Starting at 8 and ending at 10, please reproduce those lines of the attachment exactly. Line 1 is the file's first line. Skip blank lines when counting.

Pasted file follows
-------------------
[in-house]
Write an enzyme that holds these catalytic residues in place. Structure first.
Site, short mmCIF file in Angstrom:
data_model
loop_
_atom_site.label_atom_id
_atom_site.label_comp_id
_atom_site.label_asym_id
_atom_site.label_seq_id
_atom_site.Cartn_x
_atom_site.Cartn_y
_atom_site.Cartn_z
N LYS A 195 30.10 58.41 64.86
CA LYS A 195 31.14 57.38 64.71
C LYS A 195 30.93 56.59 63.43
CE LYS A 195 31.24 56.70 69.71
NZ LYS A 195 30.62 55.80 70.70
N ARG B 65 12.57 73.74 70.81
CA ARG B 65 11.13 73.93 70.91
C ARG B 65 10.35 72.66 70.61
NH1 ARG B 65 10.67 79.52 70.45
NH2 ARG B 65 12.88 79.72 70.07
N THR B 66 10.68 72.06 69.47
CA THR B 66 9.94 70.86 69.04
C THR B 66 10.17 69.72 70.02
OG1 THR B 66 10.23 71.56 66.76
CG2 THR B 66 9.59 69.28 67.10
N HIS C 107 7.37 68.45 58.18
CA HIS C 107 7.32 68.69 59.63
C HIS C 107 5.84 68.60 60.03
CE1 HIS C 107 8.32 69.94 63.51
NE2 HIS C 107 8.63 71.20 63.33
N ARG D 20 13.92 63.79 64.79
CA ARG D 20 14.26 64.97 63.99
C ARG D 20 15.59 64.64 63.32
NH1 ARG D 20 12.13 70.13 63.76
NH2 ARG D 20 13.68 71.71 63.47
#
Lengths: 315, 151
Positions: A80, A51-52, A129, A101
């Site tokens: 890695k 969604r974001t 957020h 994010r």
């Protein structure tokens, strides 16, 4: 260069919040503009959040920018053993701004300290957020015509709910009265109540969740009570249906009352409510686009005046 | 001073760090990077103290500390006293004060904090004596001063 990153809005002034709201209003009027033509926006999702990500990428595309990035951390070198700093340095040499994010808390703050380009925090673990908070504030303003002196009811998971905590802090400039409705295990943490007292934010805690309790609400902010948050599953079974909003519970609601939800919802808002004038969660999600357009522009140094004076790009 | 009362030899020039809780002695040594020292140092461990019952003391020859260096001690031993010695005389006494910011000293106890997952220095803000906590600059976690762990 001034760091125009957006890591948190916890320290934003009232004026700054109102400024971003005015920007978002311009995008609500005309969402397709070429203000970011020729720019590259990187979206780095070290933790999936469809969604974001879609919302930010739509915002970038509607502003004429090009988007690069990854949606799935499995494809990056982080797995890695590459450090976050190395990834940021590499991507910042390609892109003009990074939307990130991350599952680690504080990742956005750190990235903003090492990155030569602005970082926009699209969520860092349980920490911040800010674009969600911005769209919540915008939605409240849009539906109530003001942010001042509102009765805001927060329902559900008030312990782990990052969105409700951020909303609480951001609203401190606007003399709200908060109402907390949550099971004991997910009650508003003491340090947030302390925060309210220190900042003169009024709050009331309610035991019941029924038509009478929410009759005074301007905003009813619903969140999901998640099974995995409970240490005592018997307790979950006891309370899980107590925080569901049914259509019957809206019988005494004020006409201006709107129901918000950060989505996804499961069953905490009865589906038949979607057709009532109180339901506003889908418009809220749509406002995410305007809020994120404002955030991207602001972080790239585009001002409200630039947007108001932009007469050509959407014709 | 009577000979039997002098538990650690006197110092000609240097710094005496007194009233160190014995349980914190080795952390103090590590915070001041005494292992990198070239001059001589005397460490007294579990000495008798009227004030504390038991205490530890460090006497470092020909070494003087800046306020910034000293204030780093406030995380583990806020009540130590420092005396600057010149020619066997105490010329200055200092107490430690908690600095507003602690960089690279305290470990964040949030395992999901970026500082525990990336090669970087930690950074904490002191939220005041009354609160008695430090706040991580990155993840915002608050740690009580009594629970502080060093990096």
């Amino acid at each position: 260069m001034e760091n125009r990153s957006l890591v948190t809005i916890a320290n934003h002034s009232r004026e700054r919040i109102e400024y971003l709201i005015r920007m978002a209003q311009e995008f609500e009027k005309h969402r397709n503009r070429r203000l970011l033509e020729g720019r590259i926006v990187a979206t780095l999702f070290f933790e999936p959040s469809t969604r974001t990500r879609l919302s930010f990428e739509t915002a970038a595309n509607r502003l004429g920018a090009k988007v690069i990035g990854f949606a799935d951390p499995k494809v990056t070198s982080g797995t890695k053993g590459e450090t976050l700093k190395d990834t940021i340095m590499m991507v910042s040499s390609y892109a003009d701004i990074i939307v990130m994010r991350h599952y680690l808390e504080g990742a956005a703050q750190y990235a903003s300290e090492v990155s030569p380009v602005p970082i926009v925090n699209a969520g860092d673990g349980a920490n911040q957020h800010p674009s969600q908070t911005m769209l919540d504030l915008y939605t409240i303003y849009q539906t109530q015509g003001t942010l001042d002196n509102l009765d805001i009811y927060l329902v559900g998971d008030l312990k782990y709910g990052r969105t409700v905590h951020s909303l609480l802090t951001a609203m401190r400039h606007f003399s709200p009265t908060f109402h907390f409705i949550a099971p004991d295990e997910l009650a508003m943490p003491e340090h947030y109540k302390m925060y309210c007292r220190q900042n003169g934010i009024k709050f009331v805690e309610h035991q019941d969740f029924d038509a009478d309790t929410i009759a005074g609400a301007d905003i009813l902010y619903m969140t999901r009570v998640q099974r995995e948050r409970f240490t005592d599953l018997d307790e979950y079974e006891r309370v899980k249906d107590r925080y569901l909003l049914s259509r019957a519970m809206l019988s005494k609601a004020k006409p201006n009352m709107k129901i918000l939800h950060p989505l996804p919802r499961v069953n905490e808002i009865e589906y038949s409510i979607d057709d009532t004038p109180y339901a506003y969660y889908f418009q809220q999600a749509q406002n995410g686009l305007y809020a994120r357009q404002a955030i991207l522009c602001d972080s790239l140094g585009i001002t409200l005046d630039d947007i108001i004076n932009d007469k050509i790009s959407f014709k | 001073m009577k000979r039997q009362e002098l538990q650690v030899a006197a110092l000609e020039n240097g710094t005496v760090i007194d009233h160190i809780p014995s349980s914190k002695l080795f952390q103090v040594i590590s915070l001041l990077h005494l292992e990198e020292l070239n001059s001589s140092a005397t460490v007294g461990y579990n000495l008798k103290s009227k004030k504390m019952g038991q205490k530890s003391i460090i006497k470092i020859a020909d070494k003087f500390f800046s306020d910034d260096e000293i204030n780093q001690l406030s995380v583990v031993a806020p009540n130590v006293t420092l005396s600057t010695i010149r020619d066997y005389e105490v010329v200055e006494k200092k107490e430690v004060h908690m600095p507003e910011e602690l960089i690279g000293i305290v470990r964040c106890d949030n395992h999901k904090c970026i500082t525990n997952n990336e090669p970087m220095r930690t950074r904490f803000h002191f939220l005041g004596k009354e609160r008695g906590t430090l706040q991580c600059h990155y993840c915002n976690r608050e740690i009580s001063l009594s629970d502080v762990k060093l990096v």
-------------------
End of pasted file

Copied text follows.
_atom_site.label_asym_id
_atom_site.label_seq_id
_atom_site.Cartn_x